Newbiggin Parish

  > THIS parish, which is very small, being only about three miles in circumference, is surrounded on all sides by the parish of Kirkby-Thore, except on the north, where it is separated from Kirkland parish, in Cumberland, by the rivulet called Crowdundale Beck1. The village of Newbiggin2 is seven miles N.W. by N. of Appleby, and the township, in 1841, contained only 140 inhabitants.

The Church, dedicated to St. Edmund, is a small antique edifice, which was repaired in 1804. In Mr. Machell's time, the arms of the Cliffords were to be seen in the east window, and in the south window the representation of a monk with a pastoral staff, probably designed for St Edmund. The north aisle belongs to the lords of the manor, but their burial place since 1686, has been on the south side, as appears by an inscription on the wall to that effect. The living is a rectory, entered in the king's books at £4. 10s. 4d., the lowest valuation of any rectory in the county. In 1759 it was augmented with £200 given by Mrs. Dorothy Crackenthorpe, and £200 of Queen Anne's Bounty, with which sums the Potter Banks' estate at Kirkoswald was purchased, now let for £40 a year, besides which the rector has eleven acres of ancient glebe, and receives a prescriptive rent of £9 6s. 8d. from the lord of the manor, for the corn tithe of the parish. Wm. Crackenthorpe, Esq., is patron, and the Rev. John Robinson is the incumbent, and resides at the rectory house, which was erected about ten years ago by the Rev. George Dawson. The tithes were commuted in 1844, for about £62 a year.

The manor of Newbiggin was granted by Gamel, son of Whelp, Lord of Kirkby-Thore, to Robert Dapifer de Appleby, whose posterity assumed the local name, and resided here till the fifth of Edward III, (1332), when their heiress Emma de Newbiggin, was married to Robert de Crackenthorpe, whose descendants have ever since been seated here. John de Crackenthorpe was knight of the shire for Westmorland, 1382, and was allowed £12 for twenty days' attendance in parliament. He was again returned in the 9th, 13th, and 16th, of Richard II, and had £18 allowed for twenty-eight days' attendance; and again in the first of Henry IV, when he had £26 16s. allowed for sixty-three days' attendance in the House of Commons. Thus it appears that in the good old times, members of parliament were paid for their services; but what a change has taken place since, between representatives and their constituents3. John de Crackenthorpe, son of the above, was also several times member of parliament for this county; and his son Thomas represented Westmorland, in 1451. After the dissolution of the monasteries, Christopher Crackenthorpe "purchased of the crown the property in Newbiggin, which his ancestor, Lawrence de Newbiggin, had - for the health of his soul and the soul of his wife - given to the Abbey of Holme Cultram, in Cumberland; he also purchased Hale Grange, in the parish of Kirkby-Thore, late the property of the same institution, together with the house and lands which formerly belonged to the Carmelite Friars at Appleby, and the manors of Hardendale and Wasdale4, in Yorkshire; the whole of which were to be held of the King in Capite, by the 20th part of one knight's fee. The purchase money was £255 13s."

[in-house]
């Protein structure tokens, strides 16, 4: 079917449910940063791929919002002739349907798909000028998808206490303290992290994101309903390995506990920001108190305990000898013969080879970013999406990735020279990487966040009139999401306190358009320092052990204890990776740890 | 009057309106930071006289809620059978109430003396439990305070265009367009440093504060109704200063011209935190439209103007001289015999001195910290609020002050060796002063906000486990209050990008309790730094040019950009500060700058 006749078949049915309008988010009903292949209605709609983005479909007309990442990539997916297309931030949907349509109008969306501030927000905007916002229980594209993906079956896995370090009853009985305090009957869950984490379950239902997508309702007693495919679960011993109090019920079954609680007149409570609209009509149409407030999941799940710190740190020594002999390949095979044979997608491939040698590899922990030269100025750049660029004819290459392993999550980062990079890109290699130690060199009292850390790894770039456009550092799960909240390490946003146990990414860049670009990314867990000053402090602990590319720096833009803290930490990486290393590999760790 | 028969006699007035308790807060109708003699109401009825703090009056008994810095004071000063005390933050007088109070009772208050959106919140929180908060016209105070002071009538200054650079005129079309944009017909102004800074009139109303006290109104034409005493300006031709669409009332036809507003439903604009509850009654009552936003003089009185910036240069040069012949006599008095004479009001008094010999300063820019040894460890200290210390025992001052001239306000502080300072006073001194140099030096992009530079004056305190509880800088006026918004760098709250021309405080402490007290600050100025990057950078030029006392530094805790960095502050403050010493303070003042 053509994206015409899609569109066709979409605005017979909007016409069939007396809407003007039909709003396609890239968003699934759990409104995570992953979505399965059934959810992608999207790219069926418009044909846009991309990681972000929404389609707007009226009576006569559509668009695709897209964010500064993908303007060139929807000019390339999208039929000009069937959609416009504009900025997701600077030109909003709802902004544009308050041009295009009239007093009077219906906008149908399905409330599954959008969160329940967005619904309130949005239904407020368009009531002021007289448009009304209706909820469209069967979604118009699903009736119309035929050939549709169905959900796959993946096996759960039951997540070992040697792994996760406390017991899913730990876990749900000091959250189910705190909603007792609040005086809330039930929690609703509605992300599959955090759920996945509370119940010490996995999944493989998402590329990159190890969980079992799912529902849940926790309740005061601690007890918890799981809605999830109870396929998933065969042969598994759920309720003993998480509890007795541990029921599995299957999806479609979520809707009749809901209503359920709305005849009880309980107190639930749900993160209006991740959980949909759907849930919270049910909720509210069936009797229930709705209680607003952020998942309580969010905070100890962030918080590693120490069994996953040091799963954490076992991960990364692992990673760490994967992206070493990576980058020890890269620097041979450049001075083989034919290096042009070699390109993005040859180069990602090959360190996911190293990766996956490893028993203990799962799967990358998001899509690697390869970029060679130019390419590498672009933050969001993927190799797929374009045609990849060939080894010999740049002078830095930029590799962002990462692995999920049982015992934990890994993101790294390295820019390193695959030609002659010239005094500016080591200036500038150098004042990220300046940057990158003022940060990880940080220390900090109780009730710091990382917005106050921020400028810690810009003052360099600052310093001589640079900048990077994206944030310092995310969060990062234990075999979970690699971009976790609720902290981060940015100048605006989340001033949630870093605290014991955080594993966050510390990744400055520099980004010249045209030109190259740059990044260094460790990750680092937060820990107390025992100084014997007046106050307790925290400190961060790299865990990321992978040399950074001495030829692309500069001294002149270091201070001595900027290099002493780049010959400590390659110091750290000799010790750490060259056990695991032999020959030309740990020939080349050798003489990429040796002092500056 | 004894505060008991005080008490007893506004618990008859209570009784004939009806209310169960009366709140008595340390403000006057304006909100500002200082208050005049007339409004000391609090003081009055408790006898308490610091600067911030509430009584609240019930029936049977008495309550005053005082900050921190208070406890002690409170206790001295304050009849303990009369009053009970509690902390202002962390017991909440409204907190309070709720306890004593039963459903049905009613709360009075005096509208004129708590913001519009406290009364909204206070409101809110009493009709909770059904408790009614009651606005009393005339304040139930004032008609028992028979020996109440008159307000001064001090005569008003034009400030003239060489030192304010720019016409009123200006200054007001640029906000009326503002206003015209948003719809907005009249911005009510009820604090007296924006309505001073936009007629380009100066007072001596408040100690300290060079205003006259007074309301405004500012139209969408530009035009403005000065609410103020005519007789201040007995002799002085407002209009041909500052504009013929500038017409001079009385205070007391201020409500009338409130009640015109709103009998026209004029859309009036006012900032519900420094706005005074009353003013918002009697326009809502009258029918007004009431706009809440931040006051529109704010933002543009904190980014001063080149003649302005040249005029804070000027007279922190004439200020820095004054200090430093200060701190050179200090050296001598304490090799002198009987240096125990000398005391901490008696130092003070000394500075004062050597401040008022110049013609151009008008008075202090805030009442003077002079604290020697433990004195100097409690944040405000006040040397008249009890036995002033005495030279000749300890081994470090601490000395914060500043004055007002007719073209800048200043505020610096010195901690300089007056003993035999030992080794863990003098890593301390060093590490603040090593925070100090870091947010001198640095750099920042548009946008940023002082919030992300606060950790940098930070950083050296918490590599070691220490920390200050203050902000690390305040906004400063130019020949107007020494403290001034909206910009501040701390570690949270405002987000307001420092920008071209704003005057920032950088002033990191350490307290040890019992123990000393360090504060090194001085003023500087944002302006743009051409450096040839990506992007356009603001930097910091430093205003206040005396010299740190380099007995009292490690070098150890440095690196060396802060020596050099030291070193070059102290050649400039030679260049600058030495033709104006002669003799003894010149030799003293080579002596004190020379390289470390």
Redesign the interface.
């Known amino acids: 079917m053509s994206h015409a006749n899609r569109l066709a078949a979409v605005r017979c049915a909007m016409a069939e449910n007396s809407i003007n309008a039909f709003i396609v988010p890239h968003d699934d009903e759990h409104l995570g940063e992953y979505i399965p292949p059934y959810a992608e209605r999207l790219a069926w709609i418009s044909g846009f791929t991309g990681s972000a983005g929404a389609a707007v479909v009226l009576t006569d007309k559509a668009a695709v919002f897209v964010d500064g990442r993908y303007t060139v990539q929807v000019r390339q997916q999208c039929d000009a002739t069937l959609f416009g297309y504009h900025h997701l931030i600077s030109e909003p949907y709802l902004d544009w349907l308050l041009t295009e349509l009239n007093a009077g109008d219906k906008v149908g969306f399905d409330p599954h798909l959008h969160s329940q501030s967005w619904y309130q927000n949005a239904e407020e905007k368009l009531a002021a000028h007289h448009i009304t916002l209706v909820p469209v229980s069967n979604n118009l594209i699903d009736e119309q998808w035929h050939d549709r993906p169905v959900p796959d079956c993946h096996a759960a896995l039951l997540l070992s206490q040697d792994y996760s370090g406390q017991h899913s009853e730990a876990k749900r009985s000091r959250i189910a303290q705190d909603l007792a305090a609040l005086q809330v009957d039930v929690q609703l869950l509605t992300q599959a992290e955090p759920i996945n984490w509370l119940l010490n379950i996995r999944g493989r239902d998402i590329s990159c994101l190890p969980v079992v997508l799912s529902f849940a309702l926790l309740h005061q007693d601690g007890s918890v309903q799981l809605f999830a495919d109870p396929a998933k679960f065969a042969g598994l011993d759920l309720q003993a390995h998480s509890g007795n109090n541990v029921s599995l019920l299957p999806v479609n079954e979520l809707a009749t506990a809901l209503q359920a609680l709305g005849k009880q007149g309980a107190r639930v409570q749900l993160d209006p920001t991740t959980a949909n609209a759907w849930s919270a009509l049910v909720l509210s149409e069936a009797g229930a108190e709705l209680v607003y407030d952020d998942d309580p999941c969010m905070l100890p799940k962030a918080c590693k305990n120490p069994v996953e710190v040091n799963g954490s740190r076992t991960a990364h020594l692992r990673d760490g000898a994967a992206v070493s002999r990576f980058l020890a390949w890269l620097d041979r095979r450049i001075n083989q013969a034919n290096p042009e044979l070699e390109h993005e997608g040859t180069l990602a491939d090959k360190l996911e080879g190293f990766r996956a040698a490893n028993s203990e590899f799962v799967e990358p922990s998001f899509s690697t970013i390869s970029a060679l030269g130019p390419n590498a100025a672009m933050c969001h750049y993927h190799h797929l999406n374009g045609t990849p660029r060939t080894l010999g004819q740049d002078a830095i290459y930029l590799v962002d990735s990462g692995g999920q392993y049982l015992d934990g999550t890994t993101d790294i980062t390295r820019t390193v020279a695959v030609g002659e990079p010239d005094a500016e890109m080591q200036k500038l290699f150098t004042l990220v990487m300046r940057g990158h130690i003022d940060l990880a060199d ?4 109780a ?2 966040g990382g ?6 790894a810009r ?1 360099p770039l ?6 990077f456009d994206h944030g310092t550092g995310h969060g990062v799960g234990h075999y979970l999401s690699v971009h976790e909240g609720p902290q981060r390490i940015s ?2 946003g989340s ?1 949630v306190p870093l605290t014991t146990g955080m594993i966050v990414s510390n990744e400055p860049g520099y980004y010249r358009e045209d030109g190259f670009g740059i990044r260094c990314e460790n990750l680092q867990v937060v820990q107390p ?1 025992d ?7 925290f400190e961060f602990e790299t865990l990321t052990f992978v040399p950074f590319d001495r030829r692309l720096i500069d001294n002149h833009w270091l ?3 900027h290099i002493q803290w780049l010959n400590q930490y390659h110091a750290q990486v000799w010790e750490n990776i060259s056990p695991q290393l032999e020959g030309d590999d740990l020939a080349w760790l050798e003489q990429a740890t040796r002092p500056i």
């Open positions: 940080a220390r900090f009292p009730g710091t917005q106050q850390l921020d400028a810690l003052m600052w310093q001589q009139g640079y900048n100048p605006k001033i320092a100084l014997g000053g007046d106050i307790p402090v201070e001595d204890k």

William Crackenthorpe, Esq., the present lord of this manor, resides at NEWBIGGIN HALL, an extensive edifice with towers and turrets, erected in 1533, by Christopher Crackenthorpe, on the site of the ancient manor house. It is delightfully situated amid sylvan scenery, in the deep and sequestered vale of Crowdundle, and has been greatly improved by its present proprietor. Over the hall door is the following inscription cut in stone :-

"Christopher Crackenthorpe men did me call,
Who in my tyme did builde this hall,
And framed it as you may see,
One thousand five hundred thirty and three."

Upon a rough sort of rock at Crowdundle were formally several inscriptions supposed to have been Roman. Camden saw three of them in a mutilated state, the translation of which has been given thus - "Varronius, Commander of the Twentieth Legion." "Ælius Lucanus, Commander of the Second Legion," and "Cneius Octavius Cotta, Consul." Most of the estates in this manor were enfranchised about thirty years ago.

The interest of £50 left by Mr. John Harrison, and other benefactors, is distributed yearly amongst such poor as do not receive parochial relief.

Hale5 is a small hamlet, partly in this and partly in Kirkby-Thore parish, three quarters of a mile S. of Newbiggin.


Mannix & Co.,History, Topography and Directory of Westmorland, 1851




1. Now Crowdundle Beck.
2. There are also villages called Newbiggin in Croglin, Dacre, and Waberthwaite parishes, in Cumberland.
3. The implication, being, perhaps, that members of Parliament at the time of writing were not paid. They are paid today, of course, but many might argue that they are now paid far more than they're worth.
4. Not to be confused with Wasdale in the Cumberland parish of St. Bees.
5. There is also a Hale (more usually Haile) parish in Cumberland.

19 June 2015

© Steve Bulman